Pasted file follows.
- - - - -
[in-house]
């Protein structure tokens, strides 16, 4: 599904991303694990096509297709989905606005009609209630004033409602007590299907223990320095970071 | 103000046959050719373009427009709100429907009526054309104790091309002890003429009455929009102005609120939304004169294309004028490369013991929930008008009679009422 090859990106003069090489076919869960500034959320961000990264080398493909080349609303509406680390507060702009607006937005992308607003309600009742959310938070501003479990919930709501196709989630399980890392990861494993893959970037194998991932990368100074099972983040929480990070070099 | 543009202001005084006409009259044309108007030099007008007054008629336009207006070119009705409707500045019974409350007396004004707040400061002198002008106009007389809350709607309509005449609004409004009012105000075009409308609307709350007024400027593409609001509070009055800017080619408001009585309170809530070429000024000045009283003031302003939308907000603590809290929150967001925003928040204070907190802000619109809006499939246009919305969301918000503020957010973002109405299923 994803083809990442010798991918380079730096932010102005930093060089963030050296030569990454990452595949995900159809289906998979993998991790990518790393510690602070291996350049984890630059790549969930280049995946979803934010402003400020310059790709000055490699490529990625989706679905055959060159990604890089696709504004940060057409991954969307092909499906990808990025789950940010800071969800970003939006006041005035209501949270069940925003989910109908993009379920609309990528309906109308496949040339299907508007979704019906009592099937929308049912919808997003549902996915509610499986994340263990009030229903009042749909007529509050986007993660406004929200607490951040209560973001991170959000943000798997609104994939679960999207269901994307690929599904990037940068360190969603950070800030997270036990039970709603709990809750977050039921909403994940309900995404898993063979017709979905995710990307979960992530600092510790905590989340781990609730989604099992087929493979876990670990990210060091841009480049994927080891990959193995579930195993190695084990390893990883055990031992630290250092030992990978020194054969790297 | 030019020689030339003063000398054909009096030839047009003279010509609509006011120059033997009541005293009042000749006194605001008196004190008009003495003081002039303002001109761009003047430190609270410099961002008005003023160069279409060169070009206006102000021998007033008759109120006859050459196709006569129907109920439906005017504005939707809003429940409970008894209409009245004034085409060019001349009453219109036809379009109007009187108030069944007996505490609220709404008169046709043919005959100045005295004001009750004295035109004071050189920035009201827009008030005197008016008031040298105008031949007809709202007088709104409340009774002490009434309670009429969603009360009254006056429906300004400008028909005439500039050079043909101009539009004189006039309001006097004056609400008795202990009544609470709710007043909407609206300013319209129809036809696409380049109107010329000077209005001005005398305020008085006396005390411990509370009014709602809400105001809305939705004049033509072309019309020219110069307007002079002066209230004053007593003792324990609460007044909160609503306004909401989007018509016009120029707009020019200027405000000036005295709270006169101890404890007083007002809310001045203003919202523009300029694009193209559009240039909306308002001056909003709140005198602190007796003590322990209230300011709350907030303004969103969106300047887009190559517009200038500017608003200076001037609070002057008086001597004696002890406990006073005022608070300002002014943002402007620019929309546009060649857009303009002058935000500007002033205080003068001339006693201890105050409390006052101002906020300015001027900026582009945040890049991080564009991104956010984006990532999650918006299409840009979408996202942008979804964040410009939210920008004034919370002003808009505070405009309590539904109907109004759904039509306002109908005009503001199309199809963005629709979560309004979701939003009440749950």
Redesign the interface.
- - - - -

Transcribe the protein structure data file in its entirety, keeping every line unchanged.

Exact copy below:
[in-house]
């Protein structure tokens, strides 16, 4: 599904991303694990096509297709989905606005009609209630004033409602007590299907223990320095970071 | 103000046959050719373009427009709100429907009526054309104790091309002890003429009455929009102005609120939304004169294309004028490369013991929930008008009679009422 090859990106003069090489076919869960500034959320961000990264080398493909080349609303509406680390507060702009607006937005992308607003309600009742959310938070501003479990919930709501196709989630399980890392990861494993893959970037194998991932990368100074099972983040929480990070070099 | 543009202001005084006409009259044309108007030099007008007054008629336009207006070119009705409707500045019974409350007396004004707040400061002198002008106009007389809350709607309509005449609004409004009012105000075009409308609307709350007024400027593409609001509070009055800017080619408001009585309170809530070429000024000045009283003031302003939308907000603590809290929150967001925003928040204070907190802000619109809006499939246009919305969301918000503020957010973002109405299923 994803083809990442010798991918380079730096932010102005930093060089963030050296030569990454990452595949995900159809289906998979993998991790990518790393510690602070291996350049984890630059790549969930280049995946979803934010402003400020310059790709000055490699490529990625989706679905055959060159990604890089696709504004940060057409991954969307092909499906990808990025789950940010800071969800970003939006006041005035209501949270069940925003989910109908993009379920609309990528309906109308496949040339299907508007979704019906009592099937929308049912919808997003549902996915509610499986994340263990009030229903009042749909007529509050986007993660406004929200607490951040209560973001991170959000943000798997609104994939679960999207269901994307690929599904990037940068360190969603950070800030997270036990039970709603709990809750977050039921909403994940309900995404898993063979017709979905995710990307979960992530600092510790905590989340781990609730989604099992087929493979876990670990990210060091841009480049994927080891990959193995579930195993190695084990390893990883055990031992630290250092030992990978020194054969790297 | 030019020689030339003063000398054909009096030839047009003279010509609509006011120059033997009541005293009042000749006194605001008196004190008009003495003081002039303002001109761009003047430190609270410099961002008005003023160069279409060169070009206006102000021998007033008759109120006859050459196709006569129907109920439906005017504005939707809003429940409970008894209409009245004034085409060019001349009453219109036809379009109007009187108030069944007996505490609220709404008169046709043919005959100045005295004001009750004295035109004071050189920035009201827009008030005197008016008031040298105008031949007809709202007088709104409340009774002490009434309670009429969603009360009254006056429906300004400008028909005439500039050079043909101009539009004189006039309001006097004056609400008795202990009544609470709710007043909407609206300013319209129809036809696409380049109107010329000077209005001005005398305020008085006396005390411990509370009014709602809400105001809305939705004049033509072309019309020219110069307007002079002066209230004053007593003792324990609460007044909160609503306004909401989007018509016009120029707009020019200027405000000036005295709270006169101890404890007083007002809310001045203003919202523009300029694009193209559009240039909306308002001056909003709140005198602190007796003590322990209230300011709350907030303004969103969106300047887009190559517009200038500017608003200076001037609070002057008086001597004696002890406990006073005022608070300002002014943002402007620019929309546009060649857009303009002058935000500007002033205080003068001339006693201890105050409390006052101002906020300015001027900026582009945040890049991080564009991104956010984006990532999650918006299409840009979408996202942008979804964040410009939210920008004034919370002003808009505070405009309590539904109907109004759904039509306002109908005009503001199309199809963005629709979560309004979701939003009440749950």
Redesign the interface.